Ranked at No. 1 and No. 2 respectively, the men's and women's swimming and diving teams are gearing up for the Big 12 Championships starting, Feb. 23. But it won't be time to dry off and rest afterward.
Holding strong at No. 1 🤘 pic.twitter.com/un2xAHrwkN
— Texas Men's Swimming & Diving (@TexasMSD) February 10, 2022
The men's team will look for its 43rd straight Big 12 Championship title and 16th NCAA team championship as the season wraps up in March.
Meanwhile, the women's side holds nearly 20 straight conference titles of its own—but Capitani said that's not the focus of her program as the team sets its sights on getting its first national championship title in 30 years this season.
"We've won nine national championships and we're going for our tenth... so I think that's the goal of the program," Capitani said.
The regular season is in the books.
Next stop,Big 12 Championships! 🤘#HookEmpic.twitter.com/q1MmcBMNIj
— Texas Women's Swimming & Diving (@TexasWSD) February 6, 2022
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Austin police are investigating the killing of Moriah "Mo" Wilson after she was found with gunshot wounds inside an Austin home.
Wilson, a gravel and mountain bike racer, was visiting Austin from Colorado in preparation for the Gravel Locos race on Saturday taking place in Hico, a small town 2 hours from Austin.
On Wednesday, her roommate came home and found Wilson unresponsive with "a lot of blood near her,” police said. It is now being investigated as a suspicious death. No further information on the suspect or motive behind the killing are available at this time.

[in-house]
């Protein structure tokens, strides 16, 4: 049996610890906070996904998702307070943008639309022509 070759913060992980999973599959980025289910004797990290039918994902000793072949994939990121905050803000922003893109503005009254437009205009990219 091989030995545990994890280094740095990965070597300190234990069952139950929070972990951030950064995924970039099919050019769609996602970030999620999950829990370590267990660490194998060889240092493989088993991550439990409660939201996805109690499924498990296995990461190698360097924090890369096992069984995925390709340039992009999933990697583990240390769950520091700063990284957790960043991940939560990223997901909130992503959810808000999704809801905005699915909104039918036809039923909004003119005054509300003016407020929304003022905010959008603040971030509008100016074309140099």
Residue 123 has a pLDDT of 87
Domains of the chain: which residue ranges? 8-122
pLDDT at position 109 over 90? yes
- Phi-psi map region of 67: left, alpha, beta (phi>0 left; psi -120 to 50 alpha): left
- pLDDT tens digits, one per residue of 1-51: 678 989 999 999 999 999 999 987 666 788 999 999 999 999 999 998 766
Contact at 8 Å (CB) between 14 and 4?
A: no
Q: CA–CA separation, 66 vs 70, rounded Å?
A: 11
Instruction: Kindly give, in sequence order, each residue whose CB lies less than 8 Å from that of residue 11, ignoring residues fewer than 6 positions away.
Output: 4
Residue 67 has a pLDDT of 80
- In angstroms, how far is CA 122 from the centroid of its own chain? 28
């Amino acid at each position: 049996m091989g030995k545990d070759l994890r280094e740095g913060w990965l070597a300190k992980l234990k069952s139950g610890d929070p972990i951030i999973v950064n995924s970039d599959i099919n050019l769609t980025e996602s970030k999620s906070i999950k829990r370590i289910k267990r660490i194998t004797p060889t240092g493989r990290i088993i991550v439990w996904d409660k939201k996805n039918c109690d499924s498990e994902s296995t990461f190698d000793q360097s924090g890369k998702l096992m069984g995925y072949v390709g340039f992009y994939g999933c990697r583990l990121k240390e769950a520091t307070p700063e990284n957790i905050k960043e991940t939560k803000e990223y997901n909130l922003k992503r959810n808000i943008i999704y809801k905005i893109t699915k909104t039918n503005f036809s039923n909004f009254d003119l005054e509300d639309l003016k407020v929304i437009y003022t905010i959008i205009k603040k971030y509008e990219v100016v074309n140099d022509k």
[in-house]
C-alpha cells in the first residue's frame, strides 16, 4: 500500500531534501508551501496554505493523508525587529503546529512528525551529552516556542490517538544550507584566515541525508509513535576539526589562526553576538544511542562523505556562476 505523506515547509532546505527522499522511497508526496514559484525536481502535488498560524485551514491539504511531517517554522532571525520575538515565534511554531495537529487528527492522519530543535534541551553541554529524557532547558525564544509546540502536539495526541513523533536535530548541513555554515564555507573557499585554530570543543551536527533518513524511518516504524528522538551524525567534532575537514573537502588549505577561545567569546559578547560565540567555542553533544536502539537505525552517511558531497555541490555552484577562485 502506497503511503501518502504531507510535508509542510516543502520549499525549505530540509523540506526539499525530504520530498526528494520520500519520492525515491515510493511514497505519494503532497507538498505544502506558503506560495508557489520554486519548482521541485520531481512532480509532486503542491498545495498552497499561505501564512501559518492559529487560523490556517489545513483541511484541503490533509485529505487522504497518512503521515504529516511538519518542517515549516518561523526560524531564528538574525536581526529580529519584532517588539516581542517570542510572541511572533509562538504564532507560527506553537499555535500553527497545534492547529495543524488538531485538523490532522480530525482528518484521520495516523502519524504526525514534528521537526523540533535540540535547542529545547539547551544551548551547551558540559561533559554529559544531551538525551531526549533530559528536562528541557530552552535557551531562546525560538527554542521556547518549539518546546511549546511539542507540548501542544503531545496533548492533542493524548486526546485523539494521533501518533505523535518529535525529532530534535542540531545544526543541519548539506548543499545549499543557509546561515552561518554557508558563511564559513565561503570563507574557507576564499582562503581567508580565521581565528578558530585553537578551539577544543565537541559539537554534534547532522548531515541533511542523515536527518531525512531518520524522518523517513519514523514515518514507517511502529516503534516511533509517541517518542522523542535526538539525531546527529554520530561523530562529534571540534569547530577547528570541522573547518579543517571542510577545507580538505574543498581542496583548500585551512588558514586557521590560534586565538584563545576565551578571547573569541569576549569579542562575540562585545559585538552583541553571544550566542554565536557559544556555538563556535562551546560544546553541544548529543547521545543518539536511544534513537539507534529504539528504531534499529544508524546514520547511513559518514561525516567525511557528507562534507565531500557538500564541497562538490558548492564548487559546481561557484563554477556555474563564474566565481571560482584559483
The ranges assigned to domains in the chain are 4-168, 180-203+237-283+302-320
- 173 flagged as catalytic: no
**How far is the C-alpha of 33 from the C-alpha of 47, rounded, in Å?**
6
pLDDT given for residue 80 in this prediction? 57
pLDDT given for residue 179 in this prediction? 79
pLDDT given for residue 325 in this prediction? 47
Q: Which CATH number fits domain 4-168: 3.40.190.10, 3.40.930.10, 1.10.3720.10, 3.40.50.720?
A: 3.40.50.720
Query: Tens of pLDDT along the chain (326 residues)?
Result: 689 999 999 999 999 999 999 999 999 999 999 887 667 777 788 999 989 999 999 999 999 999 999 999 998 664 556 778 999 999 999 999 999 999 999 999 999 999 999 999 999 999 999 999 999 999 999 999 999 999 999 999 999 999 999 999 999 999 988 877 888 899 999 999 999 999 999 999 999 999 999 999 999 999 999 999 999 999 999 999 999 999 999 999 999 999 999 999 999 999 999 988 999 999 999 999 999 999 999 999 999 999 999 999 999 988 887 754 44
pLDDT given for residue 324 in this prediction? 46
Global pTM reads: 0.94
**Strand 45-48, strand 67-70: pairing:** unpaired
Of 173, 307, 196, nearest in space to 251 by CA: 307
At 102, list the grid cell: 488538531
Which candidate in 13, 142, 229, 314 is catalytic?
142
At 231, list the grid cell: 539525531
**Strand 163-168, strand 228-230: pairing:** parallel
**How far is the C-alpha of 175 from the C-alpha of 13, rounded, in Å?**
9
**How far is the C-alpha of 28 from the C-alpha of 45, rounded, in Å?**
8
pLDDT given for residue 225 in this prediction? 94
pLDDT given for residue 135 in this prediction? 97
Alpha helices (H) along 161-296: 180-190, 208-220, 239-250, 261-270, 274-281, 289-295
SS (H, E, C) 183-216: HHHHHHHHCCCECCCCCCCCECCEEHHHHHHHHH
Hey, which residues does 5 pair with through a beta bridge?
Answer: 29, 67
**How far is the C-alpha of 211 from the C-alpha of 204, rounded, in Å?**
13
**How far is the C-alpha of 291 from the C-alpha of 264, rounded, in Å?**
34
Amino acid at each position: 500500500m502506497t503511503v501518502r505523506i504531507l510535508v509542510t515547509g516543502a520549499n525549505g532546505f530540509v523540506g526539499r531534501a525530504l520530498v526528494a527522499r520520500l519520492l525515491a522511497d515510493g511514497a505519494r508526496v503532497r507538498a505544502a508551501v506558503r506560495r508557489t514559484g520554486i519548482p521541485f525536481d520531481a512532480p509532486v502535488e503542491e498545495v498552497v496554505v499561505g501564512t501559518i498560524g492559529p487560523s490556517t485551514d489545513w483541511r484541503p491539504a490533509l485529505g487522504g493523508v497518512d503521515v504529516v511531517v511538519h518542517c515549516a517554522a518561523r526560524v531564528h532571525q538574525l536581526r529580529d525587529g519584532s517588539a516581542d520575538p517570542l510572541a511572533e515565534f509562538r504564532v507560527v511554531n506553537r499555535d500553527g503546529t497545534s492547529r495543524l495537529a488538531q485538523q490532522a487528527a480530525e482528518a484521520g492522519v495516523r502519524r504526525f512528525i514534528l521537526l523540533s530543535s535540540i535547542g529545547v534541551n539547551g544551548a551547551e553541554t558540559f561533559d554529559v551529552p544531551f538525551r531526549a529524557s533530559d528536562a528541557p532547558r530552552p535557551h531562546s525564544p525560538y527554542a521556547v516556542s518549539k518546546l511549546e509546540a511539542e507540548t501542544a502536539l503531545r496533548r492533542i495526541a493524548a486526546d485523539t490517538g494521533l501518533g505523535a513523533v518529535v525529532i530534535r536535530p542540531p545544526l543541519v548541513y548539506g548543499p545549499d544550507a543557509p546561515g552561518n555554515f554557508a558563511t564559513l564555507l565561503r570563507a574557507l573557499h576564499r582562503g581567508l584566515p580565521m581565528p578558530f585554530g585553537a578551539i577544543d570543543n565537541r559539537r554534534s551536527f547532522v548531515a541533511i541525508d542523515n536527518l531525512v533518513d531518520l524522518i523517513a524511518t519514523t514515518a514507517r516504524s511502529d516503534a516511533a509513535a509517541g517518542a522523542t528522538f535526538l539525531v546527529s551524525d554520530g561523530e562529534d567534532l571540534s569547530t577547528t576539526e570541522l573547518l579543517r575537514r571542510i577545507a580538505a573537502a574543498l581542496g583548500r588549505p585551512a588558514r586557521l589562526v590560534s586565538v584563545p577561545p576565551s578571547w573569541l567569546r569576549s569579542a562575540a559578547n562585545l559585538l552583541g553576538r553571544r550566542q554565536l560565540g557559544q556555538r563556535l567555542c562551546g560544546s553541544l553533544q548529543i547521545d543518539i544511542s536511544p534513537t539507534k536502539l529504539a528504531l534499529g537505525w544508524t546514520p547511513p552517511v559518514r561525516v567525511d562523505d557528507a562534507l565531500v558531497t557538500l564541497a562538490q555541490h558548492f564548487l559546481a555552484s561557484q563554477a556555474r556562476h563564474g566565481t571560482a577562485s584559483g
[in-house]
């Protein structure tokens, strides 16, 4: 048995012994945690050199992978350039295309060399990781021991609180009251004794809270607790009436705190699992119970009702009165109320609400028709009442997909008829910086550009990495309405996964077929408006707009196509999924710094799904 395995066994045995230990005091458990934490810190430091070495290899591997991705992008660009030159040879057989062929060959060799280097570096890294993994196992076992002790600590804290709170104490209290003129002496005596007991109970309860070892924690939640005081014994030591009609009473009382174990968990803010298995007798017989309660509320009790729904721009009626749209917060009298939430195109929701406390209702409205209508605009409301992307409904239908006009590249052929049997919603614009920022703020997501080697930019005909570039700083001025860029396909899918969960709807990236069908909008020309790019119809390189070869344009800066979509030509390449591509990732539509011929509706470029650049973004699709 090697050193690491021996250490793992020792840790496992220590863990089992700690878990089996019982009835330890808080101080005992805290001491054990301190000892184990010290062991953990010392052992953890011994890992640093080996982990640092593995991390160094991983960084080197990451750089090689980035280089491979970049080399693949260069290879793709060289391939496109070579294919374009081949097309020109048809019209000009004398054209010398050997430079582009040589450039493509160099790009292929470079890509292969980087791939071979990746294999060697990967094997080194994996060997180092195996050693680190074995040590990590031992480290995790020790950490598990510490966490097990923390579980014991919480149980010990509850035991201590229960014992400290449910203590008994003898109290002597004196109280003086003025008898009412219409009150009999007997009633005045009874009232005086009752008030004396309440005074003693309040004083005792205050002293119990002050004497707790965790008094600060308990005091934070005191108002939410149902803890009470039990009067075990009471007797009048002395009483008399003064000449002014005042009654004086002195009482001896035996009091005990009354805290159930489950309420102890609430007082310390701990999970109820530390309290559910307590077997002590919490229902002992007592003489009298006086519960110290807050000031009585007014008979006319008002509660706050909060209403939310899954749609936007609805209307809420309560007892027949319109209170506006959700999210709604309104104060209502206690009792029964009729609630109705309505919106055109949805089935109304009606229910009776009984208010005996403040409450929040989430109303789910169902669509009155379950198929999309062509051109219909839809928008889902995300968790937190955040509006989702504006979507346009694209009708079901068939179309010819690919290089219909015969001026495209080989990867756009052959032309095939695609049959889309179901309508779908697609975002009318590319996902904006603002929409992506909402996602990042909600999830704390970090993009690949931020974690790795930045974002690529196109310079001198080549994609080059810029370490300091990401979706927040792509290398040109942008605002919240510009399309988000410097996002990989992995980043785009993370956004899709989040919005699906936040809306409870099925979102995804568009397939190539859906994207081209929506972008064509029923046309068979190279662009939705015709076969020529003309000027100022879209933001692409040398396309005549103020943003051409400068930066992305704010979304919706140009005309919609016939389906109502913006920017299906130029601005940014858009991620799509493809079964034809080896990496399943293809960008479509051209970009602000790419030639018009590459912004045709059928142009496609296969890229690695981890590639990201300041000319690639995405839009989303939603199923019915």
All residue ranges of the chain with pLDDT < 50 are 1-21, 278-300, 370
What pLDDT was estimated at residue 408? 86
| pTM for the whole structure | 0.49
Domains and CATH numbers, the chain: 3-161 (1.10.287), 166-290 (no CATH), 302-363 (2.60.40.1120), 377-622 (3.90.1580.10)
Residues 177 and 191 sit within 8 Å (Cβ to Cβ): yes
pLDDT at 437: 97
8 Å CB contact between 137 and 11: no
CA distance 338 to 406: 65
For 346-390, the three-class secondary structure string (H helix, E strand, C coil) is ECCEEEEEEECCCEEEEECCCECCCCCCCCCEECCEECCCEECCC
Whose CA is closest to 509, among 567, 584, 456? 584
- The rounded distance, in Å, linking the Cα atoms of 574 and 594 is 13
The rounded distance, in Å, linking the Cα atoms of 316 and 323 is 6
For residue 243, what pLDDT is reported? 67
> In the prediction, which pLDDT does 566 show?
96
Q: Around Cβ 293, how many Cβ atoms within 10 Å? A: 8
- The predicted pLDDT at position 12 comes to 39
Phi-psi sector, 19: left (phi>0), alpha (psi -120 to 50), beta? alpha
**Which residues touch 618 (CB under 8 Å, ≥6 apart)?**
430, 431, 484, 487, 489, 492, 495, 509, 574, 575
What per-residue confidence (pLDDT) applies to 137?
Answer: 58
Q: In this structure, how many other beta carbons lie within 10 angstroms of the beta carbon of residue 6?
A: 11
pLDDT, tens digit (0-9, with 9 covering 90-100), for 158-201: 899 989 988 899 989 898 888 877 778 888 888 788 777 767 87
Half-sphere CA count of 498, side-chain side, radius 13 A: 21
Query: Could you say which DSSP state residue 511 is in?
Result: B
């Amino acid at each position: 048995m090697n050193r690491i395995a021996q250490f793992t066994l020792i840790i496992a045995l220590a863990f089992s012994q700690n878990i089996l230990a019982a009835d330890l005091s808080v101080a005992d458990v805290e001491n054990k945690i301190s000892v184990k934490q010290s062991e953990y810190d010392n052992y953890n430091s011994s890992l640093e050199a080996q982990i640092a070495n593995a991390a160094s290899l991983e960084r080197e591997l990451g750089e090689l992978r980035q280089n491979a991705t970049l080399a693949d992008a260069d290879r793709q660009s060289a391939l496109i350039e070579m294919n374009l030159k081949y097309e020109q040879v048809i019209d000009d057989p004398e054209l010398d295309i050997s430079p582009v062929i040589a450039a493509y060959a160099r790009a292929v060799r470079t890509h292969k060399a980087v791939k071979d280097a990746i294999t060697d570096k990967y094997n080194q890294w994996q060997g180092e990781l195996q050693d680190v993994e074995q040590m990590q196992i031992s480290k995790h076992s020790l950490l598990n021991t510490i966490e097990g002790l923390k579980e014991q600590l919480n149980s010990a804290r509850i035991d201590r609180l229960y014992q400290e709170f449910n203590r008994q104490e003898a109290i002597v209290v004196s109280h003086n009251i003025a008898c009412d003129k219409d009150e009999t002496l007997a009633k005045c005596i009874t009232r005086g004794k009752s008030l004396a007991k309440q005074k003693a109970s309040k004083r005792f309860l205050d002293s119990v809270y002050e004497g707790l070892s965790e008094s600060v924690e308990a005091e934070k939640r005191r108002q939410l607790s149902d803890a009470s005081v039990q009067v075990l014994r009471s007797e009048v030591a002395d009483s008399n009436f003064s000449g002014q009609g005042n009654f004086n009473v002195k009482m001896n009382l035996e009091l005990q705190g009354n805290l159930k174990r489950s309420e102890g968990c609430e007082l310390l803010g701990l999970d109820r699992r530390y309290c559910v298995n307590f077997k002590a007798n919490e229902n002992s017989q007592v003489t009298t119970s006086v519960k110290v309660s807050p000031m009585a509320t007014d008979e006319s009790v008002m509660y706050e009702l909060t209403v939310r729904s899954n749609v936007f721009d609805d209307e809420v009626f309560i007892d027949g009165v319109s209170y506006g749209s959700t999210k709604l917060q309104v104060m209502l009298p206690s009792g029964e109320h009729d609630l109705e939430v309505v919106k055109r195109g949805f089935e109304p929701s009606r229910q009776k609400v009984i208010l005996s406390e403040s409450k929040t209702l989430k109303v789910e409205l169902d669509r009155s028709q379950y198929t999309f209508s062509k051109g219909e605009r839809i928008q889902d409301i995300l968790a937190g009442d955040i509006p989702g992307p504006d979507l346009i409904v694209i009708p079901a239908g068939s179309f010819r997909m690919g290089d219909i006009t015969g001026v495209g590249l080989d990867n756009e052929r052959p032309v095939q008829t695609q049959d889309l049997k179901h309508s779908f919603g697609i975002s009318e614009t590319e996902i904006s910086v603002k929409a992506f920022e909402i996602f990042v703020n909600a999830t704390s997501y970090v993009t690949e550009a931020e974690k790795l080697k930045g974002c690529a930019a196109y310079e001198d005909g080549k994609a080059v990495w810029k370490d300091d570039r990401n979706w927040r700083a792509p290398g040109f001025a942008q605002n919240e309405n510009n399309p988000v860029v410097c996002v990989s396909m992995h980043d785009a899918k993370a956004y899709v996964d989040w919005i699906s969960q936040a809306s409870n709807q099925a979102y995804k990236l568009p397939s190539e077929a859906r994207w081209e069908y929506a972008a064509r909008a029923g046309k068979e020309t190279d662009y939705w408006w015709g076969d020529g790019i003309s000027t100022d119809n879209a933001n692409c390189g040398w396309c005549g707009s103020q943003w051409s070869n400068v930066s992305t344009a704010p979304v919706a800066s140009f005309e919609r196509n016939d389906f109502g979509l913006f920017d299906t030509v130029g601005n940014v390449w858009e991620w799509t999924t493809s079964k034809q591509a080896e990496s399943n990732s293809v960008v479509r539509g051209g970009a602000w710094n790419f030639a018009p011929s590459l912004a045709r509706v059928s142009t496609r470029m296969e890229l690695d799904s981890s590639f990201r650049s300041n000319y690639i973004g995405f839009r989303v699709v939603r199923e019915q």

Wilson recently had become a full-time biker after winning a slew of races in the past year.
Some of your favorite Instagram filters can’t be used in Texas anymore and Austinites are sounding off on social media.
Meta, Facebook and Instagram’s parent company, announced on Wednesday that certain filters would no longer be available in Texas.
The change is a result of Texas Attorney General Ken Paxton’s lawsuit against Meta, alleging the company uses facial recognition technology that violates laws in Texas. A release from Meta says it stopped using facial recognition tech in November 2021 and denies Paxton’s allegations.
Some Austinites bemoaned the shift, saying some of their favorite filters were now unavailable.
This was my FAVORITE filter on @instagram and they done removed it cause I’m in Texas ! Like wowwwwww pic.twitter.com/uX60hdIC0Q
— Pinkyy Montana (@inkstar_pinkyy) May 11, 2022
i heard that instagram filters got banned in texas? what the actual fuck y’all better give me my favorite filter back
— lia 🤍 (@liatootrill) May 11, 2022
loved this stupid filter sm i hate texas pic.twitter.com/DXr9mmUc64
— birthday boy jeno 🎂 (@beabtox) May 12, 2022
But more often than not, locals joked about the ban.
Texas women seeing the filter ban on IG pic.twitter.com/yDMcP3Qtsr
— Christian (Anabolic) Flores (@christian_flo24) May 11, 2022
So, the state of Texas has banned filter use on IG? THE END IS NEAR. 😂
— THE FRANCHISE! Франшиза (@NYCFranchise718) May 12, 2022
And some in-between chose to show off some natural beauty.
I live in Texas, but no filter needed. 😉 pic.twitter.com/A6teRgYMKn
— bad and bruja (@starseedmami) May 11, 2022
filter, no filter..texas women still reign supreme.
— 🎍 (@_sixile) May 11, 2022
Finally, some are trying to cash in on the opportunity.
Texas IG users- if you want to filter your picture cashapp me $1.50 $ErvnYng
— Gemini (@ervn_y) May 11, 2022
Meta said it plans to create an opt-in system for both Texas and Illinois residents, who are facing the same issues.